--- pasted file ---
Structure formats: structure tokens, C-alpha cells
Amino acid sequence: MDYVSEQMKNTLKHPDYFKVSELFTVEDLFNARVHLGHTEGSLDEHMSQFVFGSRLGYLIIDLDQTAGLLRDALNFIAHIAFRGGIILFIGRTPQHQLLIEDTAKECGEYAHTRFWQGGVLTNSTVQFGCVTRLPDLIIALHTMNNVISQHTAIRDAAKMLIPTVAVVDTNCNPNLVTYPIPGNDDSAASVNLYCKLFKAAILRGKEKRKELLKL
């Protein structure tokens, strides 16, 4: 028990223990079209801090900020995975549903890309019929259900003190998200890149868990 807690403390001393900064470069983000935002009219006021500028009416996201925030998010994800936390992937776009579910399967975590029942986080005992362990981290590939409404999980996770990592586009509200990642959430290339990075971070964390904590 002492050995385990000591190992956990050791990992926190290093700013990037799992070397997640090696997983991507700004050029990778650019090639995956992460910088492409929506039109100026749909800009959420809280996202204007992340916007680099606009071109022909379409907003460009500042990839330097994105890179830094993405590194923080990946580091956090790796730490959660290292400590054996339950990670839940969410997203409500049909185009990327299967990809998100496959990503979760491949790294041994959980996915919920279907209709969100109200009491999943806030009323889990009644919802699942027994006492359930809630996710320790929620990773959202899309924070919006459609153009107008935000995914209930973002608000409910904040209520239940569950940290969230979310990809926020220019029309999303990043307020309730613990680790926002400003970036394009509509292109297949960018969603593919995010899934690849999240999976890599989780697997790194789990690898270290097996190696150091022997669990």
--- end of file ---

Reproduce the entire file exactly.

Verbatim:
Structure formats: structure tokens, C-alpha cells
Amino acid sequence: MDYVSEQMKNTLKHPDYFKVSELFTVEDLFNARVHLGHTEGSLDEHMSQFVFGSRLGYLIIDLDQTAGLLRDALNFIAHIAFRGGIILFIGRTPQHQLLIEDTAKECGEYAHTRFWQGGVLTNSTVQFGCVTRLPDLIIALHTMNNVISQHTAIRDAAKMLIPTVAVVDTNCNPNLVTYPIPGNDDSAASVNLYCKLFKAAILRGKEKRKELLKL
């Protein structure tokens, strides 16, 4: 028990223990079209801090900020995975549903890309019929259900003190998200890149868990 807690403390001393900064470069983000935002009219006021500028009416996201925030998010994800936390992937776009579910399967975590029942986080005992362990981290590939409404999980996770990592586009509200990642959430290339990075971070964390904590 002492050995385990000591190992956990050791990992926190290093700013990037799992070397997640090696997983991507700004050029990778650019090639995956992460910088492409929506039109100026749909800009959420809280996202204007992340916007680099606009071109022909379409907003460009500042990839330097994105890179830094993405590194923080990946580091956090790796730490959660290292400590054996339950990670839940969410997203409500049909185009990327299967990809998100496959990503979760491949790294041994959980996915919920279907209709969100109200009491999943806030009323889990009644919802699942027994006492359930809630996710320790929620990773959202899309924070919006459609153009107008935000995914209930973002608000409910904040209520239940569950940290969230979310990809926020220019029309999303990043307020309730613990680790926002400003970036394009509509292109297949960018969603593919995010899934690849999240999976890599989780697997790194789990690898270290097996190696150091022997669990």